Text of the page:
Indian snakeroot is a species of flower that is native to India and East Asia. The root of the plant is used in Asian medicine as well as traditional Ayurvedic medicine. It’s used frequently as a medicine in India and has a whole host of active ingredients that make it incredibly beneficial to health.
If you’re planning to use Indian snakeroot as a supplement for health purposes, be sure to tread with caution, as it’s one of the lesser-known plants of today. We’ll be covering everything scientists have discovered so far about the supplement, including its benefits and side effects, in this video.
Benefits of Indian snakeroot
1. Treats schizophrenia
Indian snakeroot is used for treating schizophrenia, a long-term mental disorder that causes a breakdown in the relation between thought, emotion, and behaviour. One of the chemicals in Indian snakeroot, reserpine, is found in a type of prescription drug that is often used for schizophrenia treatment.
2. Relieves fever
For thousands of years, Indian snakeroot has been used as a febrifuge to reduce temperature and relieve restlessness associated with fever.
3. Treats insomnia
Indian snakeroot can be used as an aid for treating insomnia due to its sedative properties. It contains reserpine, which causes drowsiness and works as a natural sleep aid, reducing anxiety and stress that may make it difficult to relax before bed.
4. Reduces stress
Studies have found that Indian snakeroot effectively reduces the heart rate, calms the mind, relieves mental stress, and strengthens the overall resilience of the nervous system. This suggests that the plant can be used as an anti-stress supplement, providing you combine supplementation with other stress-relief methods, including exercise, meditation, and healthy eating.
5. May lower blood pressure
Reserpine, the compound in Indian snakeroot that can be used to treat schizophrenia and promote sleep, is also found in many prescription drugs for treating high blood pressure. This makes Indian snakeroot a great natural treatment for maintaining balanced levels of blood pressure in the body.
6. Can be used as a cancer treatment
Indian snakeroot is used in herbal medicine for treating breast cancer. Of course, using Indian snakeroot alone as a cancer treatment is an unwise idea, especially as there is still very little research into the cancer-fighting properties of the plant at the moment.
7. Treating poisoning
In traditional medicine, Indian snakeroot is often used for scorpion and snake poisoning. The supplement is combined with the likes of black peppers and animal fat and is given out every 2 hours to cure scorpion and snakebite.
We wouldn’t recommend rushing for your snakeroot supplement if a family member is poisoned – heading straight to the nearest hospital is much safer.
8. Reduces anxiety
Early research shows that Indian snakeroot can reduce anxiety in some people when used for more than 20 days. It’s not yet known if Indian snakeroot has any benefit when used for longer periods of time.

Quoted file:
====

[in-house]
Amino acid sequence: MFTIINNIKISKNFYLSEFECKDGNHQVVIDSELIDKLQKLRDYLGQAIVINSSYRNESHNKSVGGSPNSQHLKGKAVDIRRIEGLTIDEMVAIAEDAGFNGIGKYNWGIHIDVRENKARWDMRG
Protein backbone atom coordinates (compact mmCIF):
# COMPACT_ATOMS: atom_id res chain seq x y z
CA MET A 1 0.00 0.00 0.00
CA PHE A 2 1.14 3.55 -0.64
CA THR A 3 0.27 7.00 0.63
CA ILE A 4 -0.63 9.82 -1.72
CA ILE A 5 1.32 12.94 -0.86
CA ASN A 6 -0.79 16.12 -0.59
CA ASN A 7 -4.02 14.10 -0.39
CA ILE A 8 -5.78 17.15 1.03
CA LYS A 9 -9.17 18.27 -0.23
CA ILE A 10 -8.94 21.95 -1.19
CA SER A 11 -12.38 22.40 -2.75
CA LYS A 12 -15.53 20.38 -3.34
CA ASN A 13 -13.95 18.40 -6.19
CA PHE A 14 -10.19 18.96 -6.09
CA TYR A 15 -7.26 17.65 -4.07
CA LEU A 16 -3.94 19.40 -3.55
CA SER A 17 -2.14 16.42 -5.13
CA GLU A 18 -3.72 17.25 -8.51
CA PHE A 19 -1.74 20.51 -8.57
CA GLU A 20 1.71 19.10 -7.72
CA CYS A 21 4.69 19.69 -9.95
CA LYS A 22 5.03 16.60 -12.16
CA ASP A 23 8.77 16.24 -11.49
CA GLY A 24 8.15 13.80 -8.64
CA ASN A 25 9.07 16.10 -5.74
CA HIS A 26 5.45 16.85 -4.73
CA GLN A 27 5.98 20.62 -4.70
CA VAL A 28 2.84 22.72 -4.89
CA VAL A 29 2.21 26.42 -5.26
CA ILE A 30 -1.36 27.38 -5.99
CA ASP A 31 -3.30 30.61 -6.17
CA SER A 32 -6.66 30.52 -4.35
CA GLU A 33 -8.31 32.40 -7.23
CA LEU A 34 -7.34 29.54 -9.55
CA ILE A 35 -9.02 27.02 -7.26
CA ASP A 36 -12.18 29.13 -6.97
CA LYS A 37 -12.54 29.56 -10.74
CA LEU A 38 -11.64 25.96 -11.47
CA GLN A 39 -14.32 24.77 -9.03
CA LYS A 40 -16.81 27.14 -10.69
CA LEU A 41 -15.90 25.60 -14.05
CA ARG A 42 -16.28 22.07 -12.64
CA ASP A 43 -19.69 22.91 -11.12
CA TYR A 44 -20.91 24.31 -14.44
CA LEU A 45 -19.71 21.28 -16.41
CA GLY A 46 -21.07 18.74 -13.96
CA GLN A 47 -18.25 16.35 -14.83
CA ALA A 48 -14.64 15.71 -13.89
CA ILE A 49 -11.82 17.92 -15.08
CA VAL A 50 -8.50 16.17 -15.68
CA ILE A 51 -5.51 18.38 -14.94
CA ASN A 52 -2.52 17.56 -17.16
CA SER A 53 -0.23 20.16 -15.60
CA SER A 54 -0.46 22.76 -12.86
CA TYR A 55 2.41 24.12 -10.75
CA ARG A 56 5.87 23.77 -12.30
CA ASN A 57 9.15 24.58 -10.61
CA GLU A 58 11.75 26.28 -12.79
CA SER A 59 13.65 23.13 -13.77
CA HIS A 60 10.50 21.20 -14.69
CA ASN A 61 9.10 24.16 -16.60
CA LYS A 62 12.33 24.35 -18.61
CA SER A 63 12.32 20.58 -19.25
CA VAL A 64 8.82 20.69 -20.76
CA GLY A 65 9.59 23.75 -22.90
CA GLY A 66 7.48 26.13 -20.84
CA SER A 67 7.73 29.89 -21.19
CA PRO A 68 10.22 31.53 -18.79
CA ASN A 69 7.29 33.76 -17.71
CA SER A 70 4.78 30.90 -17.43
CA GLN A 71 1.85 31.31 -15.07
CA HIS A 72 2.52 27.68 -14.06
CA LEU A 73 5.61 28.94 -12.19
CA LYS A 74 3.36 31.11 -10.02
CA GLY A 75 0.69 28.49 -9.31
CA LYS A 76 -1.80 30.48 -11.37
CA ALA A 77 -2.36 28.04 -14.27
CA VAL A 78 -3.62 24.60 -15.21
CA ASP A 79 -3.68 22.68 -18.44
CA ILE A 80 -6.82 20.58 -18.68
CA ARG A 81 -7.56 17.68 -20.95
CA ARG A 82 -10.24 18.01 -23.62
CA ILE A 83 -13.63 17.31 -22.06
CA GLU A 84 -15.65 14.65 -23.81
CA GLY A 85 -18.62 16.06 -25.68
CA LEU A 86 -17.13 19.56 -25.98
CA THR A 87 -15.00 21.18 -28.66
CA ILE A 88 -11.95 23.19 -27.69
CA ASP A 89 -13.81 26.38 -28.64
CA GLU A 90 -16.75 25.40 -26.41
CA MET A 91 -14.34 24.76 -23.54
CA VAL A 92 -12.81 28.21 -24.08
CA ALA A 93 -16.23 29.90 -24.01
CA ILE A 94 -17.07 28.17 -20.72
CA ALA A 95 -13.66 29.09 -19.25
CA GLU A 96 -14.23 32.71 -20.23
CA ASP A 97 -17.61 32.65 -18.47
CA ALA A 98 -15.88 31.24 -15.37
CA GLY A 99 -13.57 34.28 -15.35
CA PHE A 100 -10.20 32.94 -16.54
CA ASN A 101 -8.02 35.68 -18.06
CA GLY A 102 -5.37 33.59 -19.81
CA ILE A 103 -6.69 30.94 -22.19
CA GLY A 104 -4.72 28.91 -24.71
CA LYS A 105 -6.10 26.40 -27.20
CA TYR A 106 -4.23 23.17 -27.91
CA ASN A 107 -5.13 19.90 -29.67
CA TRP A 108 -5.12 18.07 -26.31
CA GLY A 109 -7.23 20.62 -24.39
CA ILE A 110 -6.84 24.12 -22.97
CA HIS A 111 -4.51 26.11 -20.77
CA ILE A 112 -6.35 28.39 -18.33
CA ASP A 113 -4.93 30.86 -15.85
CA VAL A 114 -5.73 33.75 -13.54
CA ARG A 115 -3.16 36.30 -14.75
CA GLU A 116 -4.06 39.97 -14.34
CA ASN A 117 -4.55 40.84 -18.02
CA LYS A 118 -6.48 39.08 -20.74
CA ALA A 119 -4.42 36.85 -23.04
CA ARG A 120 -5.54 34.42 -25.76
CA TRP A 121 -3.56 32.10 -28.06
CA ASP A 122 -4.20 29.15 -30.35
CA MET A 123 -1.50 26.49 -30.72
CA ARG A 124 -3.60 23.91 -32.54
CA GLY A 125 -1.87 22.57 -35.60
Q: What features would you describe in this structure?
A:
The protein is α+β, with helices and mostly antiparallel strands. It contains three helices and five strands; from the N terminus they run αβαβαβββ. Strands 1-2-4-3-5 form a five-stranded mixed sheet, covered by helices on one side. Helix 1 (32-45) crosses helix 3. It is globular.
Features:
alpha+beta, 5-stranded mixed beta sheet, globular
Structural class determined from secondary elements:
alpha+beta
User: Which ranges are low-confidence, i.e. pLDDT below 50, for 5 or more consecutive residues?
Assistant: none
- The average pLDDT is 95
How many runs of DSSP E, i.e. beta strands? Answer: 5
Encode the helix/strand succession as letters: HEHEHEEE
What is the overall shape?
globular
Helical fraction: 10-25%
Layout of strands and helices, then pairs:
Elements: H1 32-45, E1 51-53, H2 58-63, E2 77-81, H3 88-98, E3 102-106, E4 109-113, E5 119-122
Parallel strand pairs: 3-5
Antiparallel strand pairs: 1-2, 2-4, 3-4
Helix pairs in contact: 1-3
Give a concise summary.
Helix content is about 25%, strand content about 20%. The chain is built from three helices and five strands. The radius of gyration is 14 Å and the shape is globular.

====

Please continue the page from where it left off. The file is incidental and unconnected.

Indian snakeroot side effects
Indian snakeroot is safe to use if you take the recommended dose. Keep in mind that the plant contains reserpine and other chemicals, which can be very toxic in high doses, so you need to make sure that your dose is accurate and you’re following your doctor’s orders when appropriate.
Overdose side effects
Side effects of taking too much Indian snakeroot can range from mild to serious, and include nasal congestion, stomach cramps, diarrhea, nausea, vomiting, loss of appetite, drowsiness, convulsions, and coma. Indian snakeroot can also slow reaction times, so you shouldn’t use it when driving or operating heavy machinery.
Pregnancy and breast-feeding
It's not recommended to use Indian snakeroot during pregnancy and breastfeeding. The chemicals in the plant might cause birth defects in unborn babies and may pass into breast milk and harm a nursing infant.
Indian snakeroot might make gallbladder disease worse, so avoid if you suffer from gallstones frequently.
Stomach ulcers, intestinal ulcers, or ulcerative colitis
Don't use Indian snakeroot if you have ever had stomach ulcers, intestinal ulcers, or ulcerative colitis, as it may aggravate your digestive system.
Don't take Indian snakeroot if you have depression, as long-term use of the plant has actually been linked to depression.
Indian snakeroot might speed up the central nervous system. There is a concern that the plant might interfere with surgical procedures by increasing heart rate and blood pressure. Stop using Indian snakeroot at least 2 weeks before a scheduled surgery.
Indian snakeroot is an incredibly potent plant that boasts a whole host of health benefits. But make sure you take the right dose of this natural remedy is absolutely essential.
You should be fine to use supplement powder or capsules, provided you take the recommended dose, but you might want to check in with your doctor if you want to stay safe while enjoying its beneficial properties.